At the American Association of University Professors’ annual meeting here on Saturday, members of the group unanimously voted to sanction Antioch University for alleged violations of shared governance, and to place Clark Atlanta University and the University of Texas Medical Branch at Galveston on its censure list for academic-freedom violations.
The AAUP resolution sanctioning the multicampus Antioch University system for violations of shared governance makes clear that the group finds no fault with Antioch College, the Yellow Springs liberal-arts campus that the leaders of Antioch University had closed in 2008 and that alumni and former faculty members are working to reopen as a stand-alone institution.
The resolution sanctioning Antioch University accuses it of shutting faculty members out of budget and curriculum decisions, and then declaring financial exigency and closing Antioch College without actually being in an immediate, systemwide financial crisis. The resolution acknowledges that the university's chancellor, Tullisse A. (Toni) Murdock, has offered to meet with AAUP staff to come up with ways to ensure faculty participation in the university's governance. But, it said, she has offered few details, and the institution has not yet adopted policies protecting shared governance or extending employment security to all of its instructors.
Before voting on the resolution, the association's members heard a plea for them to approve the sanction delivered by Chris Hill, a former associate professor of media arts at Antioch College. "By sanctioning Antioch University, you will continue to direct attention to the university's unprofessional and uncollegial faculty governance policies," which are detrimental to fair working conditions and high standards, she said.
Chancellor Murdock on Saturday criticized the process by which the AAUP arrived at its decision, saying "this was a stacked deck before we even arrived at this point." Noting that Cary Nelson, the association's president, is an alumnus of Antioch College and has repeatedly spoken out against its closing, Ms. Murdock said Mr. Nelson's formal recusal of himself from the Antioch investigation did little to assure her of its fairness, and she believes that the group turned a deaf ear to the responses she offered.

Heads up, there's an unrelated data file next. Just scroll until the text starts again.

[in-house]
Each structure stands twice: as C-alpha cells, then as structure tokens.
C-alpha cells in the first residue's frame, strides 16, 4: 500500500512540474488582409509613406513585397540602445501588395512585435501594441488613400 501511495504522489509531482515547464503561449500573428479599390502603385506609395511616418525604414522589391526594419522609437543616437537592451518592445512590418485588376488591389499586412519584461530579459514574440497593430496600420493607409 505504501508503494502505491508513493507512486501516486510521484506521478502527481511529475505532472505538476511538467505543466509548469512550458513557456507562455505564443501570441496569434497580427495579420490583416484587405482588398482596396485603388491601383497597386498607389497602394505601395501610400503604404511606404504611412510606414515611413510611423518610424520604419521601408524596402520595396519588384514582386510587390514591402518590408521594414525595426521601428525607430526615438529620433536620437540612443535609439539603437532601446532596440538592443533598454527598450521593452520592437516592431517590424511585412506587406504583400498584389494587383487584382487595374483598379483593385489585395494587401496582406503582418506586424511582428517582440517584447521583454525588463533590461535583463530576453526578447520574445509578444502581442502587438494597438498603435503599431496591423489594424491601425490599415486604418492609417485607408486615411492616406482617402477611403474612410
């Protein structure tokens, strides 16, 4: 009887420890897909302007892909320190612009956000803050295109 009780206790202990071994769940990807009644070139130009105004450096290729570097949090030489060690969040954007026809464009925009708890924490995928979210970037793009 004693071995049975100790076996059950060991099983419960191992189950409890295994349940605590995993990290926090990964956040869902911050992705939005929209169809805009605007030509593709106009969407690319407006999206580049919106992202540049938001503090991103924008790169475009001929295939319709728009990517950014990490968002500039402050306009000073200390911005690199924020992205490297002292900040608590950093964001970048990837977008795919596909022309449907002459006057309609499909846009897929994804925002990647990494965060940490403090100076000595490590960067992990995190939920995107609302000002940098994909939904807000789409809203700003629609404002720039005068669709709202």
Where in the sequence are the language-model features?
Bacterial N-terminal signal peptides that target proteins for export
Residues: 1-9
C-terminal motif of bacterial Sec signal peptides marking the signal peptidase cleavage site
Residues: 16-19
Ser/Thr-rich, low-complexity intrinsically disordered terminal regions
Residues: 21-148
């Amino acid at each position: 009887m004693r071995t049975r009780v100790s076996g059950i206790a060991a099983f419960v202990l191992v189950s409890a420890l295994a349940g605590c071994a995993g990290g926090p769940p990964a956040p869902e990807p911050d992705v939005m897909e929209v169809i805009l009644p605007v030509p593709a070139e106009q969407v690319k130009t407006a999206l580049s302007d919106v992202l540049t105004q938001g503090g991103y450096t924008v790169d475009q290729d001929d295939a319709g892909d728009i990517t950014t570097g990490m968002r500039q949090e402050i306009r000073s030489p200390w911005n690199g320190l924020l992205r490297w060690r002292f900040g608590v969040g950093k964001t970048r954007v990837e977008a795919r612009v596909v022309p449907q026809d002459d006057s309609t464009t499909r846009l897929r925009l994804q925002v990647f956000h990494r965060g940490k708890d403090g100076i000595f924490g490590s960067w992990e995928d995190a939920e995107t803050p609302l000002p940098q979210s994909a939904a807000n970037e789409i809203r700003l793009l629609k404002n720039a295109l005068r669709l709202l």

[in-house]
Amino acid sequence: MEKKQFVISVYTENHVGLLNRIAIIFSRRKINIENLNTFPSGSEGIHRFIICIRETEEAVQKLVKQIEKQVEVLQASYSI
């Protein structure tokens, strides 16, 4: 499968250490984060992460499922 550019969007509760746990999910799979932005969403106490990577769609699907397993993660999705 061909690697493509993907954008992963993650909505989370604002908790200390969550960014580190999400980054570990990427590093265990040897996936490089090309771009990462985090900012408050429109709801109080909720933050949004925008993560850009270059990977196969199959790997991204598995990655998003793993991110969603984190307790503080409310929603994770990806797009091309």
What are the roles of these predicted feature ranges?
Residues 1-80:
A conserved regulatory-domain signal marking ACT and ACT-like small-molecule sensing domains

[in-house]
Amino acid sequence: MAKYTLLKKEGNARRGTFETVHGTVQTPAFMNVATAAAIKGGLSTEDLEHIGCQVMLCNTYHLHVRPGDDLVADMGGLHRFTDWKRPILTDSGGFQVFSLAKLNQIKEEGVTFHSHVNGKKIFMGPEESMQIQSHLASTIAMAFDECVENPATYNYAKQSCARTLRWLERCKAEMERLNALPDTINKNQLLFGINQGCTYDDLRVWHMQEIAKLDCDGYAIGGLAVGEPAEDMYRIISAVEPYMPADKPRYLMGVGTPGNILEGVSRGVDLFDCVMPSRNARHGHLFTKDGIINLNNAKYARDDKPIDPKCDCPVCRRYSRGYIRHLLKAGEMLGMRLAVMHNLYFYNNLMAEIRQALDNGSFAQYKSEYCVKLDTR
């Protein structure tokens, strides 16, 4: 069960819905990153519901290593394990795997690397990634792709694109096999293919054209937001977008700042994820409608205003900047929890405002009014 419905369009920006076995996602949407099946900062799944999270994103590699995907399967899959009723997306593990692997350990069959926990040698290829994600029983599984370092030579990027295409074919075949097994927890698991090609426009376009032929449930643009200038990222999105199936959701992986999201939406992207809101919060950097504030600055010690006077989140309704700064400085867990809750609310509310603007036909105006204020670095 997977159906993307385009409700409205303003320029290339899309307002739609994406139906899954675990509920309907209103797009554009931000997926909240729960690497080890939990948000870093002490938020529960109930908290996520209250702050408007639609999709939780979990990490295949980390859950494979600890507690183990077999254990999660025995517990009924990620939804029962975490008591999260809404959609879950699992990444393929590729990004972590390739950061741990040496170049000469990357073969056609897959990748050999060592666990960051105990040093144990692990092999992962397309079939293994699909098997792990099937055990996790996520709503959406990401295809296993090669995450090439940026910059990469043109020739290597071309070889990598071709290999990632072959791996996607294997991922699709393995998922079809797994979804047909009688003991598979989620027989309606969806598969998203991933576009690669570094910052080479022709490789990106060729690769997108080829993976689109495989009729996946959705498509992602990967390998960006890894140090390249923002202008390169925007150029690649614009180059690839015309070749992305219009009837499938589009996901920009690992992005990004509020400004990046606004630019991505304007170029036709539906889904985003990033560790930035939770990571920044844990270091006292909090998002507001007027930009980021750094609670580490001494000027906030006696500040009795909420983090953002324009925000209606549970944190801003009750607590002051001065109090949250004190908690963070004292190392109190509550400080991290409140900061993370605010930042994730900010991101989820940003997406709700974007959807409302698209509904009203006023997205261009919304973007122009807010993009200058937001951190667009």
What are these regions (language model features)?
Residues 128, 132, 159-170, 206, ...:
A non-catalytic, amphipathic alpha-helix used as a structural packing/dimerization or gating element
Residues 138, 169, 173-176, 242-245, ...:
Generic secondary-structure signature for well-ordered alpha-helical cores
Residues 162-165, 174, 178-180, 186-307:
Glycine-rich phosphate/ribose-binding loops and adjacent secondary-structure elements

"In reality, we see very little point in trying to continue with any sort of conversation with them about this," Ms. Murdock said. "We are comfortable right now with the future direction of the university."
Other Censure Resolutions
The association's resolution censuring the University of Texas Medical Branch at Galveston revolves around the institution's decision to suspend operations and lay off faculty members after Hurricane Ike in September 2008. The resolution says an AAUP investigation found that the campus had terminated the appointments of more than 120 faculty members—about a third of them tenured—after the university system's Board of Regents declared the campus to be financially exigent without any input from faculty. Last year, the resolution says, the institution's administration began recruiting new faculty members for the reopened medical branch without demonstrating that it could not rescind many of the terminations after the storm.
A spokesman for the medical branch, Raul Reyes, declined to comment Saturday.
The AAUP voted to censure Clark Atlanta University after hearing Hugh D. Hudson Jr., the executive secretary of the AAUP's Georgia conference, urge it to take such action. The resolution says the university used a declaration of a "largely nonexistent" enrollment crisis as a pretext for refusing to afford academic due process to 55 full-time faculty members whose appointments it terminated last year.
In response, the administration of Clark Atlanta issued a statement on Saturday noting that the AAUP is not an accrediting agency and saying it stands by the actions it took in 2009, which were "in the best interests of the academy."